Your new house shouldn’t be the only item on your shopping list — and we’re not talking about new furniture or décor. When you’re buying a home or refinancing, you should always shop around for your mortgage as well to ensure you don’t settle for a not-so-great rate. That means comparing rates from several banks, credit unions, or mortgage companies.

Rule of thumb says to get a loan estimate from at least three or four lenders. You might even want to get pre-approved by multiple lenders as well. While this process may take a little time and effort up front, getting even a slightly lower interest rate can save you thousands of dollars in interest payments over the years.

If you have a preferred lender (for instance, if you’re ever refinancing, you may be inclined to stick with your current lender), check if they’ll match the lowest offer.

Myth #9: You'll probably pay the listing price or negotiate it lower.

If you’re looking to buy in a seller’s market (a.k.a. a hot market), where demand is high and supply is low, you could end up having to bid and pay more than a property’s list price. When there’s competition, sellers have options — and a higher bid can help you stand out from other interested buyers.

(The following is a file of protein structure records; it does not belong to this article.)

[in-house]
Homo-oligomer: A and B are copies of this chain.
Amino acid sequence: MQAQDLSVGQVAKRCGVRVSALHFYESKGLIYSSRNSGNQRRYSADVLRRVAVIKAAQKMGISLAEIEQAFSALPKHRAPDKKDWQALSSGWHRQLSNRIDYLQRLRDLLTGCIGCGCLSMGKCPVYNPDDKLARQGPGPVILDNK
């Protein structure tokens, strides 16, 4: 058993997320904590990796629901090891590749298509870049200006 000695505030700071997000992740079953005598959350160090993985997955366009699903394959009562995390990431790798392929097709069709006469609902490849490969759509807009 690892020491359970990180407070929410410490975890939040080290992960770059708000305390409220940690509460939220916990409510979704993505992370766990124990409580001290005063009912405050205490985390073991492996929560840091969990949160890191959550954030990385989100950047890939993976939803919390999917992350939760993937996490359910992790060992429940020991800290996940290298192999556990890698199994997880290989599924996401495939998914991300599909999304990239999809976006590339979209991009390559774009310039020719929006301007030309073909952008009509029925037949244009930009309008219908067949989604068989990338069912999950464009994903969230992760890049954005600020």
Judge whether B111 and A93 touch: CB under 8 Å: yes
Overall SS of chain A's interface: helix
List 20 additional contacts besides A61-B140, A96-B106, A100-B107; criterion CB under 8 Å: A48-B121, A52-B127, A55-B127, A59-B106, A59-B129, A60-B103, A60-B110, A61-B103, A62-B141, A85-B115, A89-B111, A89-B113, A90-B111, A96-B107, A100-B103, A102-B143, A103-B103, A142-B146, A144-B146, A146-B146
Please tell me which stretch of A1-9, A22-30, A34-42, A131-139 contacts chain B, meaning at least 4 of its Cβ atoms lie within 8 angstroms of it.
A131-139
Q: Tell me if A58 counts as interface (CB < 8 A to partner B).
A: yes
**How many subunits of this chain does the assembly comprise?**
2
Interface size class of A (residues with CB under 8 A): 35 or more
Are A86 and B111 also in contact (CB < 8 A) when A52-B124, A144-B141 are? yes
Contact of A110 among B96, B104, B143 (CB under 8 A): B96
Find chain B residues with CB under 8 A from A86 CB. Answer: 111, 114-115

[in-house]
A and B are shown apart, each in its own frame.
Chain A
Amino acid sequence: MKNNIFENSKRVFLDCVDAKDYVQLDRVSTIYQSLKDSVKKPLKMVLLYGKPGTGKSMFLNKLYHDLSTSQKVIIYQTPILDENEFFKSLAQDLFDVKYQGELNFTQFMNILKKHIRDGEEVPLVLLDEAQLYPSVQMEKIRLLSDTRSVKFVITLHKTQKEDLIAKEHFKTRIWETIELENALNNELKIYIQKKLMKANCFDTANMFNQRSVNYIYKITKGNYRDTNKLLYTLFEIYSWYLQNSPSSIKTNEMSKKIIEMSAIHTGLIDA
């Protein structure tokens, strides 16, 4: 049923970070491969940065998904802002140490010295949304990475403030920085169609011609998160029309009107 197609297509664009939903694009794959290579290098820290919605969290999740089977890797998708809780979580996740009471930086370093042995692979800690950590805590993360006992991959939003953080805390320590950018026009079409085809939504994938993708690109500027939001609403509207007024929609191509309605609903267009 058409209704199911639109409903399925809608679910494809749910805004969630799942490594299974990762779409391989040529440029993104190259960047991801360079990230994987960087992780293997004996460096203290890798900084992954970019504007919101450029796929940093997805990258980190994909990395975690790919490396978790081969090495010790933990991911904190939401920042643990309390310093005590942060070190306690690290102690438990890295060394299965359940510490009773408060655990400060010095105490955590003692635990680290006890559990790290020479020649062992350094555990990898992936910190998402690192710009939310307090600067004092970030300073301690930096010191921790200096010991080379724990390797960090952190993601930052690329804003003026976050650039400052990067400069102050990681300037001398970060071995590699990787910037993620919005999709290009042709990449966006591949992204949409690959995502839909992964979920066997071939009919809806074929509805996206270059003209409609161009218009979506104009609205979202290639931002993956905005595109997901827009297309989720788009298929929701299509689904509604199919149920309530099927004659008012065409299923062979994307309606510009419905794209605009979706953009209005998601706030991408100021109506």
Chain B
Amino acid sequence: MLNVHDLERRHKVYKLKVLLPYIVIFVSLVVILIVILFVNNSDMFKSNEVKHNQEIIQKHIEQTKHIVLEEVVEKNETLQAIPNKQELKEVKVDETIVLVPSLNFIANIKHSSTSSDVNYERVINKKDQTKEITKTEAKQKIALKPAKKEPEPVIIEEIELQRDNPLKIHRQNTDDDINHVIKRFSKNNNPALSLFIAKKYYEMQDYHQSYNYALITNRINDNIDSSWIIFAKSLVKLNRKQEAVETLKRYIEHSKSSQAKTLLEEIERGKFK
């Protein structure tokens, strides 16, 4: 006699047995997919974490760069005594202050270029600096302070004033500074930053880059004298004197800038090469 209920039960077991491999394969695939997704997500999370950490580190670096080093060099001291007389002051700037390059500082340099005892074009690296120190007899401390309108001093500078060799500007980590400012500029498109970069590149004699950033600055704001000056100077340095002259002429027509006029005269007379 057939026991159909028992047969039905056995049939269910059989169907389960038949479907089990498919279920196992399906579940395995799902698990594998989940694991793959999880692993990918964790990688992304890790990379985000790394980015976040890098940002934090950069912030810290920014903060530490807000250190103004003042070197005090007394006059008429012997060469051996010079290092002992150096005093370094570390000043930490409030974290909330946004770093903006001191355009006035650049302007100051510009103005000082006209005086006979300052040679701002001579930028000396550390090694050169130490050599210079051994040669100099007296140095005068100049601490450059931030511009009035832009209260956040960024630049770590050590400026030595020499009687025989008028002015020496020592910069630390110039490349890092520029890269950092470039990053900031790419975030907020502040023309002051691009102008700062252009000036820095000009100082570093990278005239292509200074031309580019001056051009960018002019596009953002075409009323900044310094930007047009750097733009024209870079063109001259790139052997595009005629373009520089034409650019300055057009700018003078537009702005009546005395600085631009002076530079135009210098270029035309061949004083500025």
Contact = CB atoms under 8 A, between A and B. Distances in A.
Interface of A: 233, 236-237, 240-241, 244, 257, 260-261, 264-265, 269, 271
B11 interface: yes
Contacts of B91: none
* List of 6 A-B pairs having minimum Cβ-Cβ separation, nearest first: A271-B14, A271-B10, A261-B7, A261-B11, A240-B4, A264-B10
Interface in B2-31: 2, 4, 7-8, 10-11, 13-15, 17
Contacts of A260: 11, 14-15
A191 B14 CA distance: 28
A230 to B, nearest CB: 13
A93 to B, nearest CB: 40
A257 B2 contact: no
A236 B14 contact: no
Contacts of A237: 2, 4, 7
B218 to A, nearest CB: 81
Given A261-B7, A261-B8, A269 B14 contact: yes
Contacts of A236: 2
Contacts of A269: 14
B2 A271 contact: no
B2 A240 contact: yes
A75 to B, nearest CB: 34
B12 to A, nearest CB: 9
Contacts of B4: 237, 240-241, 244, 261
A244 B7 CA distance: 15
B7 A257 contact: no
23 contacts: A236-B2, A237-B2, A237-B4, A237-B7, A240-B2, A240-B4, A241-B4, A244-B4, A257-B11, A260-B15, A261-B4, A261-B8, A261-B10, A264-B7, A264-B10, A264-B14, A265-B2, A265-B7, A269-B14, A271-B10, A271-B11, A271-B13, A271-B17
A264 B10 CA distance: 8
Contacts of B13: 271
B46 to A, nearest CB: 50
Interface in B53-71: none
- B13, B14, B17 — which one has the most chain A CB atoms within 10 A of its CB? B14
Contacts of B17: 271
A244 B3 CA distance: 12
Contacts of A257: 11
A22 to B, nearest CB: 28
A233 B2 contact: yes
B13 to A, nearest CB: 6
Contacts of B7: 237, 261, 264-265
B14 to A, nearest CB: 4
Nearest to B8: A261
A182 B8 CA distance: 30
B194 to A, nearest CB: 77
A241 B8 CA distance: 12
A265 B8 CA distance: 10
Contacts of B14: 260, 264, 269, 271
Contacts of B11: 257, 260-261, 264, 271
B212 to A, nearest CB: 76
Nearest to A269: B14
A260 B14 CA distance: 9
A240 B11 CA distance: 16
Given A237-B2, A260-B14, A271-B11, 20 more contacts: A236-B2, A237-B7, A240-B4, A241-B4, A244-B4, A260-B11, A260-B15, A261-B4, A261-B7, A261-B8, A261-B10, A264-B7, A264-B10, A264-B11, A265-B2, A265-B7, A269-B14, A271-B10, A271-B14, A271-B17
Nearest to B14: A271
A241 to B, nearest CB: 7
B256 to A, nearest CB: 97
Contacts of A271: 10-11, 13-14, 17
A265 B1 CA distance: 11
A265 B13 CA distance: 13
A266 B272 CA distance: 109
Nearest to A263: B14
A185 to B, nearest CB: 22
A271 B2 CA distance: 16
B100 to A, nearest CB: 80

If you’re shopping in a hot market, you’ll probably want to look for houses listed below your budget. A good real estate agent can help you navigate your home search to make sure you find something that fits your needs and you budget.

Myth #10: You should avoid ARMs.

An adjustable-rate mortgage (ARM) is a home loan that has an initial low interest rate for a fixed term (often 5 or 7 years) that then resets periodically (ex: once a year) after that. These loans are attractive because of low interest rates at the beginning of the term, but the potential for rates to increase after the fixed term can make them riskier than fixed-rate loans, and since the 2008 housing crisis, they’ve had a bad rap.

If you are planning to move or  refinance  within a few years (i.e. before your fixed-rate term ends), ARMs can actually be a strategic move. You’ll potentially save on interest early and won’t have to deal with the risks of the variable rate later.

When you’re buying a home, knowing all your options (and taking advantage of them) is key. Many of these myths can make you feel constrained, whether it’s tying you to a 20% down payment or holding you to one mortgage lender option. But by understanding the ins and outs of the home purchasing process — and saying goodbye to the falsehoods — you can make this a positive experience for both you and your wallet.